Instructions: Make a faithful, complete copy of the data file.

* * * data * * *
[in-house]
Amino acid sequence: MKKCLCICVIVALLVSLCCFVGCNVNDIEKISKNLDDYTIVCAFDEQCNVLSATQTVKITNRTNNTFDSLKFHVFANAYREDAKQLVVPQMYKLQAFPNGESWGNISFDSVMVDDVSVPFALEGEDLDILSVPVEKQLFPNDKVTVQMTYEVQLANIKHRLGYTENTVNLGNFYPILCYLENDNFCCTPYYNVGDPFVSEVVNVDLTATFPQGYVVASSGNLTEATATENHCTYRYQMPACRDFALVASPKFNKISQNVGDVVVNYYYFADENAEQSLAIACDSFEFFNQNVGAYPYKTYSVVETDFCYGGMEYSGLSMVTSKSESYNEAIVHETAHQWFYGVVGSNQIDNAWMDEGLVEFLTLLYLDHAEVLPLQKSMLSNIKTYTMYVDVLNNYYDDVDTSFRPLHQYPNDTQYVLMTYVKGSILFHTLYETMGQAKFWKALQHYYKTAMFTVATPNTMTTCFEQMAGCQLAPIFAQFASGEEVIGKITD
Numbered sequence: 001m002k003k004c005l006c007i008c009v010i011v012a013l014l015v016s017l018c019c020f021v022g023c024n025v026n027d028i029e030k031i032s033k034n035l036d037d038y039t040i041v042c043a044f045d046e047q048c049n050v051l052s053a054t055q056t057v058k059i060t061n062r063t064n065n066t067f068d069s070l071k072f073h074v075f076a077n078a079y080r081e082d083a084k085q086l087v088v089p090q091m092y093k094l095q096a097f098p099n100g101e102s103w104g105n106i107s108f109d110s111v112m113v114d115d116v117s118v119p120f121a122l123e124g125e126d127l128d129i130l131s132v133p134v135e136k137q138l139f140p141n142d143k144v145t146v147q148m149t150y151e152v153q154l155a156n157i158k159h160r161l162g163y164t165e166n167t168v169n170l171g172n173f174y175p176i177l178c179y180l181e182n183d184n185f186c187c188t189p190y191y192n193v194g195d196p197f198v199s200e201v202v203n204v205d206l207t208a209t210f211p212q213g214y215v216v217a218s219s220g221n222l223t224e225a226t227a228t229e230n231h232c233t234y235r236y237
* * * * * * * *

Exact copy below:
[in-house]
Amino acid sequence: MKKCLCICVIVALLVSLCCFVGCNVNDIEKISKNLDDYTIVCAFDEQCNVLSATQTVKITNRTNNTFDSLKFHVFANAYREDAKQLVVPQMYKLQAFPNGESWGNISFDSVMVDDVSVPFALEGEDLDILSVPVEKQLFPNDKVTVQMTYEVQLANIKHRLGYTENTVNLGNFYPILCYLENDNFCCTPYYNVGDPFVSEVVNVDLTATFPQGYVVASSGNLTEATATENHCTYRYQMPACRDFALVASPKFNKISQNVGDVVVNYYYFADENAEQSLAIACDSFEFFNQNVGAYPYKTYSVVETDFCYGGMEYSGLSMVTSKSESYNEAIVHETAHQWFYGVVGSNQIDNAWMDEGLVEFLTLLYLDHAEVLPLQKSMLSNIKTYTMYVDVLNNYYDDVDTSFRPLHQYPNDTQYVLMTYVKGSILFHTLYETMGQAKFWKALQHYYKTAMFTVATPNTMTTCFEQMAGCQLAPIFAQFASGEEVIGKITD
Numbered sequence: 001m002k003k004c005l006c007i008c009v010i011v012a013l014l015v016s017l018c019c020f021v022g023c024n025v026n027d028i029e030k031i032s033k034n035l036d037d038y039t040i041v042c043a044f045d046e047q048c049n050v051l052s053a054t055q056t057v058k059i060t061n062r063t064n065n066t067f068d069s070l071k072f073h074v075f076a077n078a079y080r081e082d083a084k085q086l087v088v089p090q091m092y093k094l095q096a097f098p099n100g101e102s103w104g105n106i107s108f109d110s111v112m113v114d115d116v117s118v119p120f121a122l123e124g125e126d127l128d129i130l131s132v133p134v135e136k137q138l139f140p141n142d143k144v145t146v147q148m149t150y151e152v153q154l155a156n157i158k159h160r161l162g163y164t165e166n167t168v169n170l171g172n173f174y175p176i177l178c179y180l181e182n183d184n185f186c187c188t189p190y191y192n193v194g195d196p197f198v199s200e201v202v203n204v205d206l207t208a209t210f211p212q213g214y215v216v217a218s219s220g221n222l223t224e225a226t227a228t229e230n231h232c233t234y235r236y237